Samuel Okudzeto Ablakwa, has hinted that the Minority Caucus will be demanding full disclosure of the electronic transaction levy, as the government of Ghana has allocated GHC241,933,000 as its payment.
According to him, it is unconscionable for the government to tax the poor to make the rich richer.
Ablakwa in a post on his official Twitter timeline shared Appendix 4B on page 242 of the 2022 budget, where it reveals GHC241,933,000 has been allocated to e-levy.
He believes when the Minority Caucus gets the e-levy scrapped, it will affect some “shadowy” business interest.
The North Tongu MP in a Tweet said, “It does appear our agitations against the E-Levy is going to really affect some shadowy business interests if we succeed in having it scrapped or substantially reduced.
“Appendix 4B at page 242 of the 2022 budget reveals that a colossal GHC241,933,000 has already been set aside to pay for so-called e-Transaction Levy Services.
“We shall be demanding full disclosure in Parliament on this apparent sweetheart deal. Taxing the poor to make the rich richer. This is most unconscionable!” Samuel Okudzeto Ablakwa concluded.
1.75% levy on electronic transactions
Ken Ofori-Atta introduced a new 1.75% levy on all electronic transactions such as Mobile money transactions, remittances and other electronic transactions.
Fees and charges of government services have also been increased by 15%.
The Finance Minister explained, “It is becoming clear there exists an enormous potential to increase tax revenues by bringing into the tax bracket, transactions that could be best defined as being undertaken in the informal economy.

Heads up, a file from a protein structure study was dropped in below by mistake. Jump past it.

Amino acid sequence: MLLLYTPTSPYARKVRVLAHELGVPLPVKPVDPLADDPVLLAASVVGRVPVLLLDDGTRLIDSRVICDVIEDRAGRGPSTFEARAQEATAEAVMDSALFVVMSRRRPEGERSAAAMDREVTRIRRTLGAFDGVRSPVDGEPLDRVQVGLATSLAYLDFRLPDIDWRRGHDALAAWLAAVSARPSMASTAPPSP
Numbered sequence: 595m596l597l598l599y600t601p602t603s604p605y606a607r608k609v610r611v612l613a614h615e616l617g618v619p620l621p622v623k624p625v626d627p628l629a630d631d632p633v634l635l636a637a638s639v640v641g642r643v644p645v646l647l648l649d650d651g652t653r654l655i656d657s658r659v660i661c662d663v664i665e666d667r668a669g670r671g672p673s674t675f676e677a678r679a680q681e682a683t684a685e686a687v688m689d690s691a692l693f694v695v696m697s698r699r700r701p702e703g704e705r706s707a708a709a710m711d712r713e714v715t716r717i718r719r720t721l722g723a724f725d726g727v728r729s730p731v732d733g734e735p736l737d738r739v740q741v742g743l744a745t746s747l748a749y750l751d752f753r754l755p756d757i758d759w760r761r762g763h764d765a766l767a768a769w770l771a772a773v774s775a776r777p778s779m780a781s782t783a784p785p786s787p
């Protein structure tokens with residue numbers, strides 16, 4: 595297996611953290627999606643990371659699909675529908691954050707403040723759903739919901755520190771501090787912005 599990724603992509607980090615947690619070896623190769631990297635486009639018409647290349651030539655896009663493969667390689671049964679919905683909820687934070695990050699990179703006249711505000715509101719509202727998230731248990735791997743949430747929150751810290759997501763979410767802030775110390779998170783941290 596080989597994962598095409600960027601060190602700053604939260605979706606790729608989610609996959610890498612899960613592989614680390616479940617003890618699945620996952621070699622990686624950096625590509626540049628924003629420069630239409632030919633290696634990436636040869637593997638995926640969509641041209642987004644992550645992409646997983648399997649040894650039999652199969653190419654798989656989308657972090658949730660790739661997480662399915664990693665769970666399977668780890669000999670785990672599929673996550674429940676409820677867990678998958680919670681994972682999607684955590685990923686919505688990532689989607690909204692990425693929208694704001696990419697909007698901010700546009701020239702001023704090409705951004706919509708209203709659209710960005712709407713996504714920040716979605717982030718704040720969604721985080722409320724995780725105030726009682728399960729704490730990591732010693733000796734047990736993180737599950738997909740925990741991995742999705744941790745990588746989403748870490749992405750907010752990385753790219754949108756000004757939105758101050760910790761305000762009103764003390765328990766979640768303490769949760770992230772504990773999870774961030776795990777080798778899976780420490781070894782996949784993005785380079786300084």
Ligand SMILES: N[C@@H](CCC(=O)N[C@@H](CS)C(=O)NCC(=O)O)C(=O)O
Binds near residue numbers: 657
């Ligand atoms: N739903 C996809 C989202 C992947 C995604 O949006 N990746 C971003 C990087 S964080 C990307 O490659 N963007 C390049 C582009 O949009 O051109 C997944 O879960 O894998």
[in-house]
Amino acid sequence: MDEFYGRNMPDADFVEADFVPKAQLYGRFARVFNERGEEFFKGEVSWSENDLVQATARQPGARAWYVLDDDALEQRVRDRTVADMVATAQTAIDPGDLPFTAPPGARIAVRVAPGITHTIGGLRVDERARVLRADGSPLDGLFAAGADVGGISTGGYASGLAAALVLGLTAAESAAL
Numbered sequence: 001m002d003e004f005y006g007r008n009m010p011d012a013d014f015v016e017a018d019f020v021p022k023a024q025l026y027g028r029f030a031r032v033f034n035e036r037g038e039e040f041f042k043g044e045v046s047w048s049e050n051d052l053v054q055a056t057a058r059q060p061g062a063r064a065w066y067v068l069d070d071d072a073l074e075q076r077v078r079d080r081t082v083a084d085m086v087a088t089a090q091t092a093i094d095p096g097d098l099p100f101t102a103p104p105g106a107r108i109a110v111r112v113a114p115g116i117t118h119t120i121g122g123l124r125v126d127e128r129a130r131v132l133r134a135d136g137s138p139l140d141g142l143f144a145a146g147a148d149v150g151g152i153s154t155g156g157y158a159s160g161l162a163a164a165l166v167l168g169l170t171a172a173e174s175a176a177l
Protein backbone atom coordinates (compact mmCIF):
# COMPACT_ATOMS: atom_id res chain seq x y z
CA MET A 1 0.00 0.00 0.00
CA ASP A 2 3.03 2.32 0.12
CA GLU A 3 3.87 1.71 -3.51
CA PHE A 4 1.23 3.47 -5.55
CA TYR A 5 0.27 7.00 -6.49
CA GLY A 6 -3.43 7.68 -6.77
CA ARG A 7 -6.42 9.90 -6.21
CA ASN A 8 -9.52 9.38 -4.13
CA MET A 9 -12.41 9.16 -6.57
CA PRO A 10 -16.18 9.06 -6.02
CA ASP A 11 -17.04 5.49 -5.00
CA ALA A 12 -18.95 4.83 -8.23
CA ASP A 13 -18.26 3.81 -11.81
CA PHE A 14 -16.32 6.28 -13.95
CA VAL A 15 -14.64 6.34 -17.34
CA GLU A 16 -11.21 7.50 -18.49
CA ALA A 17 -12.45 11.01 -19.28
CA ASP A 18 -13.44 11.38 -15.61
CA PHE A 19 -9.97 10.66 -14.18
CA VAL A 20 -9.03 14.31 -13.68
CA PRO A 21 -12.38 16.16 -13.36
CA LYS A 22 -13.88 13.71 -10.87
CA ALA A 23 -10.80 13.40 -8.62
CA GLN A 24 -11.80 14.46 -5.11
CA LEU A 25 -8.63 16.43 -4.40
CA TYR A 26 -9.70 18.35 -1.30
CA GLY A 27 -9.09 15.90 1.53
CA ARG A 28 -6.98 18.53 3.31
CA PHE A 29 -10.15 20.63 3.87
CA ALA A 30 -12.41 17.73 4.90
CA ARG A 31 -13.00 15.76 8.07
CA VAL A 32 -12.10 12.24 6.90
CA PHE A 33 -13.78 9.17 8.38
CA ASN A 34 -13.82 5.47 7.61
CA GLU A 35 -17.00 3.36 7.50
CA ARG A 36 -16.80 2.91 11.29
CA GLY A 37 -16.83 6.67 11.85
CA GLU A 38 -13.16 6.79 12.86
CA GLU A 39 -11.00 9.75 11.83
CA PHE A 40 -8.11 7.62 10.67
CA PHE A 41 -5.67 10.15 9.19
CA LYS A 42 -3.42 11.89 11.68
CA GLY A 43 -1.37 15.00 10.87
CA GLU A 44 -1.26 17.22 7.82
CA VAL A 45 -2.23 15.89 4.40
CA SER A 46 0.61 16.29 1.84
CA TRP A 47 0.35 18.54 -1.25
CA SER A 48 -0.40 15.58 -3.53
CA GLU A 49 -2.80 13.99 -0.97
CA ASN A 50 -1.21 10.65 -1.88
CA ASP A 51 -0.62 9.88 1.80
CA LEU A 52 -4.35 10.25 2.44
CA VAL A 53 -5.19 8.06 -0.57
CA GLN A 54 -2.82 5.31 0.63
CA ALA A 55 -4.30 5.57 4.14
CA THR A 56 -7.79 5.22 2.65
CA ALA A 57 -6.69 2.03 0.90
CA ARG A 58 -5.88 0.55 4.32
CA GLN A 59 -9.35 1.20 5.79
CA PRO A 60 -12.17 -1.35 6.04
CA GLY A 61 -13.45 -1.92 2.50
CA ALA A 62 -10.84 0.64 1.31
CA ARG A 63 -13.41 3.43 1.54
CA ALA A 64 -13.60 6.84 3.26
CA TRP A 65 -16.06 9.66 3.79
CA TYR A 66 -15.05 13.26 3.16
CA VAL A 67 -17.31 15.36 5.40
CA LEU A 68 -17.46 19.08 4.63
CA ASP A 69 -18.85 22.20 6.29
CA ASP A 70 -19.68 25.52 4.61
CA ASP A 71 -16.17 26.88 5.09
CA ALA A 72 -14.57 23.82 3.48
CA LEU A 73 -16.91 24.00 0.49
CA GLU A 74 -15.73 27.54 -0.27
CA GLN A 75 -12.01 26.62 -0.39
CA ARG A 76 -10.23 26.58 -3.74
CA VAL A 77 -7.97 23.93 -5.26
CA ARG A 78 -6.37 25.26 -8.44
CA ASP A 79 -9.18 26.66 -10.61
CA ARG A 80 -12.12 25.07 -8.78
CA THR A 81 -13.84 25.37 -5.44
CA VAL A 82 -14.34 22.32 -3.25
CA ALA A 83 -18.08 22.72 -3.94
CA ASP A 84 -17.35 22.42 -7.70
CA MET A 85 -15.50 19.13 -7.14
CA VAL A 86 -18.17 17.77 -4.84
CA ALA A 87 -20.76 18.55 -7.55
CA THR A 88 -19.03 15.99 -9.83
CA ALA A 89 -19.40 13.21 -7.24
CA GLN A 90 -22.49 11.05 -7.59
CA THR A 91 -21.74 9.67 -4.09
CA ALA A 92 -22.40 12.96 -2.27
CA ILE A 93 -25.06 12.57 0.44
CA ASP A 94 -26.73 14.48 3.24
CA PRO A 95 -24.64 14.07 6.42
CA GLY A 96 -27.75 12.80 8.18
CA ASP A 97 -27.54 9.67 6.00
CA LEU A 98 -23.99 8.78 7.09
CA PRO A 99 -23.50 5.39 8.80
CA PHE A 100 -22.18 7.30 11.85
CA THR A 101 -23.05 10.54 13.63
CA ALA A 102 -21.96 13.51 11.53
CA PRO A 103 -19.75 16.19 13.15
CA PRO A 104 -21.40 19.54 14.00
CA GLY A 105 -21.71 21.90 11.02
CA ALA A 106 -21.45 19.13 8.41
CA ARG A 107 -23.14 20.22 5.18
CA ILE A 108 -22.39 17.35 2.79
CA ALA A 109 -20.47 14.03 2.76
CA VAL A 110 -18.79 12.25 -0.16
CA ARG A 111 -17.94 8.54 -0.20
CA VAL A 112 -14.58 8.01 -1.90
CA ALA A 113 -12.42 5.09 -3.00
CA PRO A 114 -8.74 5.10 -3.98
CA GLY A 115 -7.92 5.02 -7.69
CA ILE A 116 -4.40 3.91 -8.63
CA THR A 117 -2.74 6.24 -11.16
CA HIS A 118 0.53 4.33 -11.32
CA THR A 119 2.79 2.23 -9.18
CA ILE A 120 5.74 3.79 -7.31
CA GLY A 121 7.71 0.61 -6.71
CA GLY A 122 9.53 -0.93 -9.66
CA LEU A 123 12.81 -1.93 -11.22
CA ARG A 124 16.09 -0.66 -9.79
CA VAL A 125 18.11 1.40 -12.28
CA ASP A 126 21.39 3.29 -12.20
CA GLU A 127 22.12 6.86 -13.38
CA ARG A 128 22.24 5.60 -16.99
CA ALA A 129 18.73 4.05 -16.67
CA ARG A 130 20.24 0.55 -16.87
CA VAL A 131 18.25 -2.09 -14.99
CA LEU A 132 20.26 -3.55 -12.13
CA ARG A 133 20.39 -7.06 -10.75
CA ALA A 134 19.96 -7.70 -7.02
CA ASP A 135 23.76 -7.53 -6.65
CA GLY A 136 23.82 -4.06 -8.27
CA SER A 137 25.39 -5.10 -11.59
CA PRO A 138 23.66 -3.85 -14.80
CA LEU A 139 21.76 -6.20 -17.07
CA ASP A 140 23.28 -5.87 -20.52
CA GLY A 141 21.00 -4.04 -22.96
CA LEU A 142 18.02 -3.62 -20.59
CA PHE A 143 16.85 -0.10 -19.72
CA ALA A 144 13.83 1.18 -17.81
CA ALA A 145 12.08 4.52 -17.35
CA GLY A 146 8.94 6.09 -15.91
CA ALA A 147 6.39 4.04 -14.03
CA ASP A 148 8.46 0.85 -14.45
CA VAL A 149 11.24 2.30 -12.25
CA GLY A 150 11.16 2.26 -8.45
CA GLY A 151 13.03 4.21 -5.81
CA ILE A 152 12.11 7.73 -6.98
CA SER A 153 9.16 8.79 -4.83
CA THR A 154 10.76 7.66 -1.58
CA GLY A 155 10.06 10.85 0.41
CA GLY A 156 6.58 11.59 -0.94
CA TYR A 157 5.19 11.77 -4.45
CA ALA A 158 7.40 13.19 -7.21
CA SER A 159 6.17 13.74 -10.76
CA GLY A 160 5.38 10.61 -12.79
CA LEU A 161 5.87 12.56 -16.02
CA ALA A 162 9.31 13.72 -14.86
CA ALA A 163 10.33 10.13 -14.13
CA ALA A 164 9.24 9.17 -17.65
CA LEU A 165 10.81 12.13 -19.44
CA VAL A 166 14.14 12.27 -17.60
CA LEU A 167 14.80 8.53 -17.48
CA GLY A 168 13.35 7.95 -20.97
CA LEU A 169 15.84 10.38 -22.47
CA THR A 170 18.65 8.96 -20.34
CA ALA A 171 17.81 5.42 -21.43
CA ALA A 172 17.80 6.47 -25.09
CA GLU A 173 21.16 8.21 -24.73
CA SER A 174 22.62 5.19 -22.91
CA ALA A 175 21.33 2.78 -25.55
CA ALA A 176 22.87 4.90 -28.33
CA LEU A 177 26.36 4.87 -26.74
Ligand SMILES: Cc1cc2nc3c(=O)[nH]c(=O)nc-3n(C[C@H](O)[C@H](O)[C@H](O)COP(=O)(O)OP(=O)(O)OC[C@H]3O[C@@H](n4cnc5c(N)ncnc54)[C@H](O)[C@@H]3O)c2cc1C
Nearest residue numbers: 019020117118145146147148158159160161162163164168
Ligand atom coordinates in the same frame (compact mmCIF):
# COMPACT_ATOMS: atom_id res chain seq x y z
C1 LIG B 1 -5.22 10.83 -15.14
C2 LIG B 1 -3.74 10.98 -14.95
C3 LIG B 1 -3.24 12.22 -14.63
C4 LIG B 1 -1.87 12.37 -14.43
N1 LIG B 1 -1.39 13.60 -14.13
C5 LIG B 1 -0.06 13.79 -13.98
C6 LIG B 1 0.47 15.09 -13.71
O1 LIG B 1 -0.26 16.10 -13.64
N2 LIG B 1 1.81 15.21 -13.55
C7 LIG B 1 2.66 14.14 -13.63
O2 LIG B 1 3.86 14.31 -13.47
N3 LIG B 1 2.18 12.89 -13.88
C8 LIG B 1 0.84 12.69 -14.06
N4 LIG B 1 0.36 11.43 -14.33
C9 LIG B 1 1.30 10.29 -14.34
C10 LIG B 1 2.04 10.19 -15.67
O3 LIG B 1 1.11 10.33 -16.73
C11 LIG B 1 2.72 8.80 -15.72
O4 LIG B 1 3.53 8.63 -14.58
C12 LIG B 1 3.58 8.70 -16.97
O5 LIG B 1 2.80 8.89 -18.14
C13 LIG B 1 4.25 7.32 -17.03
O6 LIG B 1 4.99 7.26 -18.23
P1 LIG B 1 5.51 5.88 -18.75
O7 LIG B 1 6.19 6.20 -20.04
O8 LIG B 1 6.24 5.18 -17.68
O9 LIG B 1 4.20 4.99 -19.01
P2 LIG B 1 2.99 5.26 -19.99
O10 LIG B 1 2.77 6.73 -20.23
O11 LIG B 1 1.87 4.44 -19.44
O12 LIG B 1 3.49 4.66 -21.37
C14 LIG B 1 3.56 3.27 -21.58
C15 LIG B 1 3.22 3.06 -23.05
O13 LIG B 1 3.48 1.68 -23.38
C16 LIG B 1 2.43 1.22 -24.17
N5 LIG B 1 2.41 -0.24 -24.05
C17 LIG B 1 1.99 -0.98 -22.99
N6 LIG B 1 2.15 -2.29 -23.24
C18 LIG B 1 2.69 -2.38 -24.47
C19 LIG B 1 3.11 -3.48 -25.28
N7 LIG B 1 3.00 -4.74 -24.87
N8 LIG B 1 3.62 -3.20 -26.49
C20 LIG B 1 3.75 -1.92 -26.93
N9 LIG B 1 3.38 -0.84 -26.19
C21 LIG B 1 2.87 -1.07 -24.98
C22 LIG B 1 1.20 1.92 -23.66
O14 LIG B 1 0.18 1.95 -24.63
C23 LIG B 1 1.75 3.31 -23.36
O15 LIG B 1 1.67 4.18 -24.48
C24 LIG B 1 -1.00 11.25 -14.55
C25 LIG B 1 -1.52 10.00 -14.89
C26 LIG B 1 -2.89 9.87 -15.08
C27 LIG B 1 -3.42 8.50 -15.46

“As such government is charging an applicable rate of 1.75% on all electronic transactions covering mobile money payments, bank transfers, merchant payments, and inward remittances, which shall be borne by the sender except inward remittances, which will be borne by the recipient.
“To safeguard efforts being made to enhance financial inclusion and protect the vulnerable, all transactions that add up to GH¢100 or less per day, which is approximately ¢3000 per month, will be exempt from this levy,” Ofori-Atta revealed.
It does appear our agitations against the E-Levy is going to really affect some shadowy business interests if we succeed in having it scrapped or substantially reduced.
Appendix 4B at page 242 of the 2022 budget reveals that a colossal GHS241,933,000 has already been set aside to pic.twitter.com/FTQbM5cKxp
— Sam Okudzeto Ablakwa (@S_OkudzetoAblak) December 2, 2021